Most Participants Expect Normalization to Begin Later this Year, Include Both Treasurys and Agency MBS
by Craig Dismuke, Dudley Carter
The Minutes from the FOMC’s mid-March meeting offered no surprises on the outlook but did provide some insight into the Committee’s mindset on normalization of its balance sheet.
March Meeting Refresher: As a refresher, the FOMC voted to raise the federal funds range by 25 basis points on March 15 to 0.75%-1.00%, marking the third rate increase of the current rate cycle. The decision prompted a dissent from Minneapolis Fed President Kashkari. The Statement included a modest upgrade to the economic assessment as a result of somewhat firmer business investment. The inflation language was changed to acknowledge energy-driven increases in headline measures but caveated that core inflation remained somewhat below the Committee’s target. In the projection materials, the infamous dot plot showed no change to the median dot for this year or next and the economic forecasts were only marginally different. Chair Yellen’s press conference was routine but she acknowledged the Committee had begun discussing the process of normalizing the balance sheet but had made no final decisions.
The Nuts and Bolts: As expected, the Minutes offered little excitement on the economic outlook. Similar to the tone in the Statement, the consumer is expected to continue as the driving force of growth but “recent momentum in the business sector had been sustained over the intermeeting period.” There is a general consensus on the status of the labor market. The Minutes showed, “Nearly all participants judged that the U.S. economy was operating at or near maximum employment,” but there is divergence about the level of slack that remains. There is greater divergence on the outlook to inflation. Several participants are still waiting on sustained inflation near the 2% target while several other said the Committee has met its mandate. Both sides agree inflation will be key to monitor going forward. While the Committee sees the risks as “roughly balanced overall”, the general tone towards risk seems more upbeat.
Markets Want to Know: Markets were looking to the Minutes for any insight into two primary themes:
When will the Fed begin to normalize the balance sheet and in what manner will that process be implemented?
The Minutes from the January/February meeting included a single mention about normalization by saying participants had agreed to begin discussing what conditions would warrant changes to the reinvestment policy, what those changes would look like, and how they would be communicated to the public. At the March meeting, Chair Yellen said the topic had been further discussed. Since the March meeting, most every Fedspeaker has given his or her two cents on the normalization process. The March Minutes provided some further details on the topic of normalization.
The Minutes showed, “participants agreed that reductions in the Federal Reserve’s securities holdings should be gradual and predictable, and accomplished primarily by phasing out reinvestments of principal received from those holdings.” This agreement came after discussion of “the potential benefits and costs of approaches that would either phase out or cease all at once reinvestments of principal from these securities.” As to when, “most participants anticipated that gradual increases in the federal funds rate would continue and judged that a change to the Committee’s reinvestment policy would likely be appropriate later this year.” Once normalization has begun, “participants generally preferred to phase out or cease reinvestments of both Treasury securities and agency MBS.” “Nearly all participants agreed that the Committee’s intentions regarding reinvestment policy should be communicated to the public well in advance of an actual change,” and “several participants indicated that…it would be desirable to also provide more information to the public about the Committee’s expectations for the size and composition of the Federal Reserve’s assets and liabilities in the longer run.”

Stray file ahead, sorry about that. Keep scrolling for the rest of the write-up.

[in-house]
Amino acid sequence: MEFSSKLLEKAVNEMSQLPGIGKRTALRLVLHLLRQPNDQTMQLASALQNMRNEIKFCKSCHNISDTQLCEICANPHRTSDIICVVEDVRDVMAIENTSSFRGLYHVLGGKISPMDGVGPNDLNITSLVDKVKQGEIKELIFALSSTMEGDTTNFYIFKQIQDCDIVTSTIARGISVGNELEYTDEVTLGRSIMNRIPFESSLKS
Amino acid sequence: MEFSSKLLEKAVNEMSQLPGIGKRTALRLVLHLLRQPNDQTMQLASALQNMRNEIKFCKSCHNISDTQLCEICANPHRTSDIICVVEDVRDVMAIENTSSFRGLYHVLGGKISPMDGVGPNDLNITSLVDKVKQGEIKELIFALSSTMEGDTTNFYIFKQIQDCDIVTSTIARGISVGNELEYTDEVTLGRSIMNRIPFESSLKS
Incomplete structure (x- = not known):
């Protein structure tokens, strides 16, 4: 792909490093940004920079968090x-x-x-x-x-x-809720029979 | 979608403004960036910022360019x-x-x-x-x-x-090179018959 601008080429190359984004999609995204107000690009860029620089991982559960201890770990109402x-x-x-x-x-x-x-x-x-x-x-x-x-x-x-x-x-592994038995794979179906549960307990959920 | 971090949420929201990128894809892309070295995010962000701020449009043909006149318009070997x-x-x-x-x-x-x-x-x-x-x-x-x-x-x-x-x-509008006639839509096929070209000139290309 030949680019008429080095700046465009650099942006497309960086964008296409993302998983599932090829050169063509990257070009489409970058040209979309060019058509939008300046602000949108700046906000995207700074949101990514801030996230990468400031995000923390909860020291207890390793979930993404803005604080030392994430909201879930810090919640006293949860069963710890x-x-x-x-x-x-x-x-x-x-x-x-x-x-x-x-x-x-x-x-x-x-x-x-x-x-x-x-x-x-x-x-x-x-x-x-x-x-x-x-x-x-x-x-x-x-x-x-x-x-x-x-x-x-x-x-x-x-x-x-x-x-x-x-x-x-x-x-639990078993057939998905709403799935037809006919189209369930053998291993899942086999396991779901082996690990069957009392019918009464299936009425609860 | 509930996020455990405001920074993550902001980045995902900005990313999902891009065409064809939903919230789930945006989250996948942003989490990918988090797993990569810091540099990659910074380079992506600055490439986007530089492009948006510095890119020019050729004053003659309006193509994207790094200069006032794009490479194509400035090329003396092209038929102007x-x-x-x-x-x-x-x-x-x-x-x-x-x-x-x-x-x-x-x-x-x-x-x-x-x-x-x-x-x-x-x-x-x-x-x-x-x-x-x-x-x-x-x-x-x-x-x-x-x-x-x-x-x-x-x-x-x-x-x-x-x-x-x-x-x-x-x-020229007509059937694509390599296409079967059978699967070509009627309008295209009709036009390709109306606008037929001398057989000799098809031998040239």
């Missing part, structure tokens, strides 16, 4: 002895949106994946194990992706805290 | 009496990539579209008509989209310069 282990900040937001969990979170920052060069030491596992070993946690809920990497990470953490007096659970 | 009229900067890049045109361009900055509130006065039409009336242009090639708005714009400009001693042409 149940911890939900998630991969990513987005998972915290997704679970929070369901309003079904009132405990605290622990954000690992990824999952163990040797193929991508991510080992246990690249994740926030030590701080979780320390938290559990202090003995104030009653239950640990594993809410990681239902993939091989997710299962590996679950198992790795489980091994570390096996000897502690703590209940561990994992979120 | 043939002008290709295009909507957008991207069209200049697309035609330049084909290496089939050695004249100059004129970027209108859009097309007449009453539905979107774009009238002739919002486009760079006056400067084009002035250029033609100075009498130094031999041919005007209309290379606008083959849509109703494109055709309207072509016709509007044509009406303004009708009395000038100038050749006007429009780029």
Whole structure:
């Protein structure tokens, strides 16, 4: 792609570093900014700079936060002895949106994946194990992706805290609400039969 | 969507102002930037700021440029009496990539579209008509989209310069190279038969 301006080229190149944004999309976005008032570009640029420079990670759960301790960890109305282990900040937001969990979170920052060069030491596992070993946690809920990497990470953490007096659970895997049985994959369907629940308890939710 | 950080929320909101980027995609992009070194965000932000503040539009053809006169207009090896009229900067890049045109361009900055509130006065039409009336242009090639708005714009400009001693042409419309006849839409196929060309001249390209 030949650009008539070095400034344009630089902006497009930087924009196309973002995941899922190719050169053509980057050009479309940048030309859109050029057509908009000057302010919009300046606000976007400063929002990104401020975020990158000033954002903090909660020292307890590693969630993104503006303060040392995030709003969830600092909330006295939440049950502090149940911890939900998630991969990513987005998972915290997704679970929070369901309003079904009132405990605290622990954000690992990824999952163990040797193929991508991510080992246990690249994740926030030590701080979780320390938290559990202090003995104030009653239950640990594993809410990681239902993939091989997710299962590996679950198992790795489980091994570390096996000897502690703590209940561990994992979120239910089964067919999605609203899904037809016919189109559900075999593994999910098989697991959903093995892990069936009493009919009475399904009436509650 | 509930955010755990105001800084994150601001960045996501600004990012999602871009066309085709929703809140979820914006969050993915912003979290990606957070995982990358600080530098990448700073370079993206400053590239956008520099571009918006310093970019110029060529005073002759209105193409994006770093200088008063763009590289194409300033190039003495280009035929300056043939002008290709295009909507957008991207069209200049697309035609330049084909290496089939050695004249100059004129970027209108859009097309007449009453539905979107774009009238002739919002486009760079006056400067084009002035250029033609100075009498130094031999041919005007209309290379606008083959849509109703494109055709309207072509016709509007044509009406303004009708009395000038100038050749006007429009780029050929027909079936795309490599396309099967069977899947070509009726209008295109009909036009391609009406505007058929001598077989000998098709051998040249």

With the Fed keeping its median expectation for a total of three hikes this year, why the all-of-a-sudden push for March? Where might the next two hikes fall within the remaining eight months of the year?
Treasurys sold off in the weeks leading up to the March meeting after a furor of hawkish Fedspeak agitated markets and turned the priced-in probability of March hike from less than a coin flip to a dead certainty. Markets feared such an urgent push from both sides of the aisle meant the Fed feared being behind the curve and was looking to pick up the pace of tightening. However, this theory was debunked by the nearly unchanged dot plot. So with three hikes still the consensus at the Fed, markets are anxious to know when the next two might come. The March Minutes showed no signs of fear of being behind the curve and no signal to a particular meeting.
Per the Minutes, “Members generally noted that the increase in the target range did not reflect changes in their assessments of the economic outlook or the appropriate path of the federal funds rate, adding that the increase was consistent with the gradual pace of removal of accommodation that was anticipated in December, when the Committee last raised the target range.” There was no signal to any particular meeting and the Committee “reiterated that they expected that economic conditions would evolve in a manner that would warrant gradual increases in the federal funds rate.”